How to Write the Perfect Email. Every Damn Time.

Everyone receives terrible emails. And somehow almost everyone also writesterrible emails as well. It's a tragic cycle.

We all know the pain of scrolling through endless lines of unnecessary sentences, straining our eyes in a vain attempt to find out what the hell this person wants from us. Or we are successful (slash lazy) enough to delete or archive them if a quick scan doesn't reveal the point.

The problem is simple: we don't write well when we are given empty text boxes. You click "Compose" and up pops this blank field, ready for you to fill with your ramblings, digressions, and unsolicited opinions.

Eventually we get to the point, of course. Then we send the whole thing and hope for the best. That's why most of the bad emails you read (and write) are worthless until the last 20%.

Writing this way takes forever (i.e. productivity drops), is not likely to accomplish your goals (i.e. productivity drops), and can affect your relationships with coworkers (i.e. productivity drops).

The Facepalm Email

Recently one of my interns came up to me with a problem. He applied to an IBM internship a few months ago but never heard back. After several follow-up emails, he gave up and decided to look elsewhere.

"What did I do wrong?" he asked. "I really wanted this. I spent hours writing that email and couldn't believe he didn't send me back anything."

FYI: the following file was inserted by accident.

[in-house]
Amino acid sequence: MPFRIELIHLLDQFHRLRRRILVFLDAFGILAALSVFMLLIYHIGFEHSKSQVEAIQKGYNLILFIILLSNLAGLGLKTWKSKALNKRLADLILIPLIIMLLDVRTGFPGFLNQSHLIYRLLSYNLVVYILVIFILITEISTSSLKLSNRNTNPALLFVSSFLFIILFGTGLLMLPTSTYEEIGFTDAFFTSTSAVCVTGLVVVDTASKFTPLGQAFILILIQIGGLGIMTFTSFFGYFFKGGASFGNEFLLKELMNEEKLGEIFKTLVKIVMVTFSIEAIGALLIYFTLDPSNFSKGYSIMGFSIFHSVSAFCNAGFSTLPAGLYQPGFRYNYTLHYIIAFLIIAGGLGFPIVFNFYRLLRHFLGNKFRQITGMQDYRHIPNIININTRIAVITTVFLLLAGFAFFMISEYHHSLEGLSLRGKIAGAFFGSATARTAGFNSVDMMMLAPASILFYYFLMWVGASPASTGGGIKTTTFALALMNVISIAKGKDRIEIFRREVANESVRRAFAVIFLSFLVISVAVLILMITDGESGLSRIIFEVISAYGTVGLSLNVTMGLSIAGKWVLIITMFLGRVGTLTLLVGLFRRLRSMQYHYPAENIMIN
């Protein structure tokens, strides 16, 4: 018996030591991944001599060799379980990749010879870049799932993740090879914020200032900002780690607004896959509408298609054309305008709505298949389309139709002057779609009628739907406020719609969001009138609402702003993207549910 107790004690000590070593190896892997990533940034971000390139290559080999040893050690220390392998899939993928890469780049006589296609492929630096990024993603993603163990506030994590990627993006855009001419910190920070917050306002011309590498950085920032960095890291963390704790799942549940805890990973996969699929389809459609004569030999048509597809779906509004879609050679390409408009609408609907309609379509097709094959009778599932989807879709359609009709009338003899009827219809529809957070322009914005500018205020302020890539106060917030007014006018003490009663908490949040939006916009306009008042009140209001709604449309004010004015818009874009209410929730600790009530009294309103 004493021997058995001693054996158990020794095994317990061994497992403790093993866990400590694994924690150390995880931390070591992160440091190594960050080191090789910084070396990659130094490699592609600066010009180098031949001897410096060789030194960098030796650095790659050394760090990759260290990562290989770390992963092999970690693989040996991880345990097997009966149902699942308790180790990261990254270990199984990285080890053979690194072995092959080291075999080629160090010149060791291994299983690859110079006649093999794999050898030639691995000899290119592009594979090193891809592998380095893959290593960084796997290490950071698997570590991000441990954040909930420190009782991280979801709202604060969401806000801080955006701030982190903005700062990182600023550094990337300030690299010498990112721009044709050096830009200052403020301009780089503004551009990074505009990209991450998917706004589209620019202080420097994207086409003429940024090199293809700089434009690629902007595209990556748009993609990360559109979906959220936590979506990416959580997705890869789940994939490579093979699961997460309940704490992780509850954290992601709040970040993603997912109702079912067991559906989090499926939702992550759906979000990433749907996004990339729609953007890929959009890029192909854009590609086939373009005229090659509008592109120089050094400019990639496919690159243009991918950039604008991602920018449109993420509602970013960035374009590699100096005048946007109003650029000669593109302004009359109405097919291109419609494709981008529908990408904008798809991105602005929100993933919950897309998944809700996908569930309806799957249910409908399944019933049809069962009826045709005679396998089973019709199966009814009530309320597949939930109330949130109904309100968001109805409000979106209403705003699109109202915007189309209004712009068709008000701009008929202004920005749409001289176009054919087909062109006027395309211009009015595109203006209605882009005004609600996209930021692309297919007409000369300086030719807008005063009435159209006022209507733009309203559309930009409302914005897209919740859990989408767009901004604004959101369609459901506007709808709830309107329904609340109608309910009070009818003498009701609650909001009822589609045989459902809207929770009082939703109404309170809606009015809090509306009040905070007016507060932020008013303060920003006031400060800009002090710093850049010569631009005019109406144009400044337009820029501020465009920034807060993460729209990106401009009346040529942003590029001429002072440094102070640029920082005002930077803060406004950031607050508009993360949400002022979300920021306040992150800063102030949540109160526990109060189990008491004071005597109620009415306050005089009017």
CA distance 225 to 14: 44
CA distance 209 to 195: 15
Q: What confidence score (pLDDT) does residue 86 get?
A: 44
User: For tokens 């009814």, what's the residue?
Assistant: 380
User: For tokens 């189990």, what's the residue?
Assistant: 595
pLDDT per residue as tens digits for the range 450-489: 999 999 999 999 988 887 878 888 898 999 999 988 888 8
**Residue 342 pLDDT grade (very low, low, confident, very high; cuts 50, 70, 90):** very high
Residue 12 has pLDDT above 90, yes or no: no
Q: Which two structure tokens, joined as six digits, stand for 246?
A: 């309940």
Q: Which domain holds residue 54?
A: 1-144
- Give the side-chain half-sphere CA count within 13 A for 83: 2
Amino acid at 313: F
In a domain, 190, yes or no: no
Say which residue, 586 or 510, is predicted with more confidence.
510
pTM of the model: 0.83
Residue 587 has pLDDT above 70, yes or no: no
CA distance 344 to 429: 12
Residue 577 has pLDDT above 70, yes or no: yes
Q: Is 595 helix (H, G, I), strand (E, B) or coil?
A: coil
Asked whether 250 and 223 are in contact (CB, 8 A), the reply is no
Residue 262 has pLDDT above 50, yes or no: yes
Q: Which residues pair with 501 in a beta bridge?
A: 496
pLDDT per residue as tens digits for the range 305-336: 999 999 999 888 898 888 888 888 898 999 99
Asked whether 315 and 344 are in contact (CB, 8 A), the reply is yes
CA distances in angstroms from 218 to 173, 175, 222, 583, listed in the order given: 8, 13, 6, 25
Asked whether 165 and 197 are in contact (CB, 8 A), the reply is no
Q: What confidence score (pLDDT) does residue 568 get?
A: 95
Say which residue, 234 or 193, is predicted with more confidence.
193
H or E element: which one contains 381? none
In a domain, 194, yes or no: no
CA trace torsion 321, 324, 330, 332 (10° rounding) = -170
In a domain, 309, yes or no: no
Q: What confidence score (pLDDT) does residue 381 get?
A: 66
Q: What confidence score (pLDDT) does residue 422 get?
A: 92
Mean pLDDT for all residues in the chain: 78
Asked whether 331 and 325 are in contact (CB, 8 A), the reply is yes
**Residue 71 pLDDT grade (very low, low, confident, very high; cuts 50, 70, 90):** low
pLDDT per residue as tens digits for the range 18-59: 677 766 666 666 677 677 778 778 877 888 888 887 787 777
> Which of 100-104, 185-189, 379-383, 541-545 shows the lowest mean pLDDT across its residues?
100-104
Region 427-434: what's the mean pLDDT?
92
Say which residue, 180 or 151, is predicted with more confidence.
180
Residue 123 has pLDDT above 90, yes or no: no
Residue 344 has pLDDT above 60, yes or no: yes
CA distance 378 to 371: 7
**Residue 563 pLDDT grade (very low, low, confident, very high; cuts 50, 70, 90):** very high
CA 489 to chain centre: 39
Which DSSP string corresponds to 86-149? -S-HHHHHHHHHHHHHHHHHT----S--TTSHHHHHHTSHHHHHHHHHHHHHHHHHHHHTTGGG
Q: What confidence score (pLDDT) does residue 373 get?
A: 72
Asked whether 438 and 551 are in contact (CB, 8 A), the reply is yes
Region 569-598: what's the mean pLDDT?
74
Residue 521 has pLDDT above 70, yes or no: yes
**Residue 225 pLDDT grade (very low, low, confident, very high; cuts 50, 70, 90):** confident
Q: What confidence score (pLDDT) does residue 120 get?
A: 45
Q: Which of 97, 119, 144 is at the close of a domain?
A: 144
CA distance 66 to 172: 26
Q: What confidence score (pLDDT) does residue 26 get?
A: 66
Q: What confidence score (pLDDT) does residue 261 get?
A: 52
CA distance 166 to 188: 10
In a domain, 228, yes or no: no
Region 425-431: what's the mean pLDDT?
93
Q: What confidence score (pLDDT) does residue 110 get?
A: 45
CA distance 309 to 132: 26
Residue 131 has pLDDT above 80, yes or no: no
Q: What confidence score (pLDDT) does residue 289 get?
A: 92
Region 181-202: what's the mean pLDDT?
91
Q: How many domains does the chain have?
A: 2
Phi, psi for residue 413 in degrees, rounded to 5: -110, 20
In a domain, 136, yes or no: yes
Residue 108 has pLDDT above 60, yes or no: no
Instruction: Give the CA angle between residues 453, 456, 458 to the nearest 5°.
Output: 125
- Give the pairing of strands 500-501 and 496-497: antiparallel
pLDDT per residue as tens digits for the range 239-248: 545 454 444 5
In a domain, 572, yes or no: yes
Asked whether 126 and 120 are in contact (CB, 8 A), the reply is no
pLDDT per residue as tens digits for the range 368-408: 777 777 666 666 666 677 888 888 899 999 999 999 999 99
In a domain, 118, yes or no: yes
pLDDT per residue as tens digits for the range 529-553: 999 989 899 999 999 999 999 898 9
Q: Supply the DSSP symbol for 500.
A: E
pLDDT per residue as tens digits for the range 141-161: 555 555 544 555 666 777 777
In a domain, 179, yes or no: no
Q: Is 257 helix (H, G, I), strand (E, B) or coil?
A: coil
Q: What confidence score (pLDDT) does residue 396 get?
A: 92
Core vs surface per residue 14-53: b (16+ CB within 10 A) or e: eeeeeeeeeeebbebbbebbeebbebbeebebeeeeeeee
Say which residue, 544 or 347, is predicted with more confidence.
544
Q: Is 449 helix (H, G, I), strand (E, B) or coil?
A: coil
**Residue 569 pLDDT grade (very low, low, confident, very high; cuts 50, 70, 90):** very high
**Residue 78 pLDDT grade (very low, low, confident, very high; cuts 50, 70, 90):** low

I asked him to send me a copy of it, which I printed out. All six paragraphs of it. The email must have been 800 words, easily.

I underlined the one sentence (buried in the fourth paragraph) where he asked for the internship, and then called him over. We had a long talk, resulting in him re-writing the email using a simple three-part format.

The result was about 150 words, and a new confidence that he would be able to get the internship next year. Plus anything else to which he applied.

The Perfect (or at least Much Better) Email

Like that intern, almost all of us write without structure. And if there is one thing we need for most of our emails, it's a structure.

Remember high school english? Beginning, middle, and end?

Well, nothing has changed. How you learned to write a three paragraph essay mirrors the structure of how you write a perfect work email. The result won't be Shakespearean by any stretch of the imagination, but that's not the point. This is about a systematic approach, not an artistic one.

A perfect work email is the one that accomplishes what you want. It doesn't matter how well it's written, or how many compliments you give to the other person.

Follow the three part format and you will write much better emails. Plus you'll write them way faster - what's not to love?

  1. Beginning: Give the reader context
    Consider this a framework for everything that follows. This is can be something as short as one line that says "As we discussed in yesterday's meeting, I am following up about . . ."
  2. Middle: Clearly ask the reader for what you need
    What the heck is the point of this email? The important thing here is to consider the value from the other person's perspective.
  3. End: Offer a path forward
    If the context and "ask" are aligned, you are almost there. Suggest the specific steps that need to be taken. Even if the person disagrees, he or she should suggest an alternative. Either way you are moving ahead!

This is pretty ingrained in me now, but there is a simple trick I use when an email requires a bit more attention. When you pull up the notorious empty draft email, type "Context:" on one line, "Ask:" on the next line, and "Plan:" on the last line. See below:

Then all you have to do is fill them in, add a greeting and signature, and the email is ready to go.

Good luck, and God Bless.